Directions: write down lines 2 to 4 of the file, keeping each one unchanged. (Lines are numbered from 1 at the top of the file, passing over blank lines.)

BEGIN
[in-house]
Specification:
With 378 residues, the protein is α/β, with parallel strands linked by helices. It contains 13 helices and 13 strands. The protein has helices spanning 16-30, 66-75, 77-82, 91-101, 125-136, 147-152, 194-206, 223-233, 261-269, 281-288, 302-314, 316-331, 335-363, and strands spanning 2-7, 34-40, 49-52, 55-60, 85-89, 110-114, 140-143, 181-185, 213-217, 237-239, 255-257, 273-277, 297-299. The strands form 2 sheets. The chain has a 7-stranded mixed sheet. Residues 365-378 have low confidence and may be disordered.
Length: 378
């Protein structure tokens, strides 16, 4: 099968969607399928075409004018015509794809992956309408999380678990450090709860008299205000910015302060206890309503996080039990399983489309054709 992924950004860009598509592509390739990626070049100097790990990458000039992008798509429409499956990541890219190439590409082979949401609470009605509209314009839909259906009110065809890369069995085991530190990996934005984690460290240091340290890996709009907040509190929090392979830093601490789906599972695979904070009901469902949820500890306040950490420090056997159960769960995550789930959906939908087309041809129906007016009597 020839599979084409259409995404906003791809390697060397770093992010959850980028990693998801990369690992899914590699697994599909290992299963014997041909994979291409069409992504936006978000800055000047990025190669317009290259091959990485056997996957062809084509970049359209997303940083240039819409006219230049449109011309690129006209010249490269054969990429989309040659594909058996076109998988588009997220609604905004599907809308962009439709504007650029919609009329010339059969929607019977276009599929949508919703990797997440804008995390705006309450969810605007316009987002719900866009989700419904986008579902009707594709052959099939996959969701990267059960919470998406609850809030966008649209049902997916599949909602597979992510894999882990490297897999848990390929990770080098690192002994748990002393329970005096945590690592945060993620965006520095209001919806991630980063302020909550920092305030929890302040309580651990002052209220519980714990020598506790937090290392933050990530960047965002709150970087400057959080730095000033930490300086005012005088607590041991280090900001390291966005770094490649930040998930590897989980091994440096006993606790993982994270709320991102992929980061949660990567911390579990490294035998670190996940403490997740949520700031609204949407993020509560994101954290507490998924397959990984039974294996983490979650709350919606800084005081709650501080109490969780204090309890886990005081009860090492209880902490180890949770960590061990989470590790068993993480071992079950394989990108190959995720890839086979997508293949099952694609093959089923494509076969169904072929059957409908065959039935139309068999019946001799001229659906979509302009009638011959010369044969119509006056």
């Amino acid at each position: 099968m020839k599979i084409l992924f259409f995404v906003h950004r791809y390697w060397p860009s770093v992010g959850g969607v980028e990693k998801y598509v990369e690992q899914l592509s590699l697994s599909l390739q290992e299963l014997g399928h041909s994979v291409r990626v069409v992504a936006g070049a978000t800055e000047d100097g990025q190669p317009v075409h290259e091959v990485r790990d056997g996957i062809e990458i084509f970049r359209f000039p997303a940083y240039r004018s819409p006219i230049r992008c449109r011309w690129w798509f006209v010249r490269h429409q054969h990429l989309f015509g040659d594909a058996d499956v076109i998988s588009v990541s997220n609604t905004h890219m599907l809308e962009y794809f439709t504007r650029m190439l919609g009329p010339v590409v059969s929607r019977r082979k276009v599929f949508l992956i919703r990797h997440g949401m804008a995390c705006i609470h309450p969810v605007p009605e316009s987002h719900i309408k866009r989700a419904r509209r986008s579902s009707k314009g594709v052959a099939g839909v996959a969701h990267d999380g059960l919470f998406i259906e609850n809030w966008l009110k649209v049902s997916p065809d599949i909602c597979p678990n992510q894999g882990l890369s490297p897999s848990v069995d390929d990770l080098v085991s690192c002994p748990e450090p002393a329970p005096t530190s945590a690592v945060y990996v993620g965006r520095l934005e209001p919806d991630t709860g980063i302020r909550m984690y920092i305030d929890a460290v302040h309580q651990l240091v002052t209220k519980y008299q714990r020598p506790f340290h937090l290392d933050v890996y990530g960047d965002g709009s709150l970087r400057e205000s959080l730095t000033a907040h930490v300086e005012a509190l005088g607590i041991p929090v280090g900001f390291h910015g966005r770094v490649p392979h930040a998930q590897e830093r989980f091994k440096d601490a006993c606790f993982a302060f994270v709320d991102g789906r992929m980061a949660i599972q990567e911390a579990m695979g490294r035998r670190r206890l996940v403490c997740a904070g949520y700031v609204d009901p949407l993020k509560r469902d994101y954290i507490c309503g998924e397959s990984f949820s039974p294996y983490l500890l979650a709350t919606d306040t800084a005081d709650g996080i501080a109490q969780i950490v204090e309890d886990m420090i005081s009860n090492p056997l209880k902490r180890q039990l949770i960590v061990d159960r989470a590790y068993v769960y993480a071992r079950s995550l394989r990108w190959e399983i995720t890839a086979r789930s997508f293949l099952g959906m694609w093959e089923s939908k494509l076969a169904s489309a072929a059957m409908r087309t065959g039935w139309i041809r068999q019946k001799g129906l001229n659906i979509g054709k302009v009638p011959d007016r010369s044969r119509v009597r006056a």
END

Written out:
Specification:
With 378 residues, the protein is α/β, with parallel strands linked by helices. It contains 13 helices and 13 strands. The protein has helices spanning 16-30, 66-75, 77-82, 91-101, 125-136, 147-152, 194-206, 223-233, 261-269, 281-288, 302-314, 316-331, 335-363, and strands spanning 2-7, 34-40, 49-52, 55-60, 85-89, 110-114, 140-143, 181-185, 213-217, 237-239, 255-257, 273-277, 297-299. The strands form 2 sheets. The chain has a 7-stranded mixed sheet. Residues 365-378 have low confidence and may be disordered.
Length: 378